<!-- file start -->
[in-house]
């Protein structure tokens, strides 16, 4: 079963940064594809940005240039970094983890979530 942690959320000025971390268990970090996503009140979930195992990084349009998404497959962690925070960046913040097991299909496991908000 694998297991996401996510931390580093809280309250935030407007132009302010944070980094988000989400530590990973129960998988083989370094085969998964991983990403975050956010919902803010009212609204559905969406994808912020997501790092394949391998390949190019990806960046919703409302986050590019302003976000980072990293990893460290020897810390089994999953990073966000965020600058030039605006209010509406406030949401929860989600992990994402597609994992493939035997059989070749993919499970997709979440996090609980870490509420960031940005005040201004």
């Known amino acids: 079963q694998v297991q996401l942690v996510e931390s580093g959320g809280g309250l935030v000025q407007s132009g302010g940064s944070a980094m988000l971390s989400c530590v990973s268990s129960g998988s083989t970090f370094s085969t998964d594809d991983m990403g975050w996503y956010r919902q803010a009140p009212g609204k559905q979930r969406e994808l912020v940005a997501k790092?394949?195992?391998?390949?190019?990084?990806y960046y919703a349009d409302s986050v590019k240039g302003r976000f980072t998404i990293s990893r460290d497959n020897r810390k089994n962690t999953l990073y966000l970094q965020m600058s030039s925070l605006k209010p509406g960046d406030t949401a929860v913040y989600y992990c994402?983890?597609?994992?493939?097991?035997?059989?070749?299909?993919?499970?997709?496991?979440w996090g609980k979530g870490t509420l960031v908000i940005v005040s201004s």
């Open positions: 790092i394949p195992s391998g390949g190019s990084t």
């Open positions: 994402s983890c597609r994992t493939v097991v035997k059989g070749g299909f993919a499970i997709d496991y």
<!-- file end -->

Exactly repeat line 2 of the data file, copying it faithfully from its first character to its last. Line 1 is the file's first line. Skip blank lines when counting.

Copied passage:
């Protein structure tokens, strides 16, 4: 079963940064594809940005240039970094983890979530 942690959320000025971390268990970090996503009140979930195992990084349009998404497959962690925070960046913040097991299909496991908000 694998297991996401996510931390580093809280309250935030407007132009302010944070980094988000989400530590990973129960998988083989370094085969998964991983990403975050956010919902803010009212609204559905969406994808912020997501790092394949391998390949190019990806960046919703409302986050590019302003976000980072990293990893460290020897810390089994999953990073966000965020600058030039605006209010509406406030949401929860989600992990994402597609994992493939035997059989070749993919499970997709979440996090609980870490509420960031940005005040201004």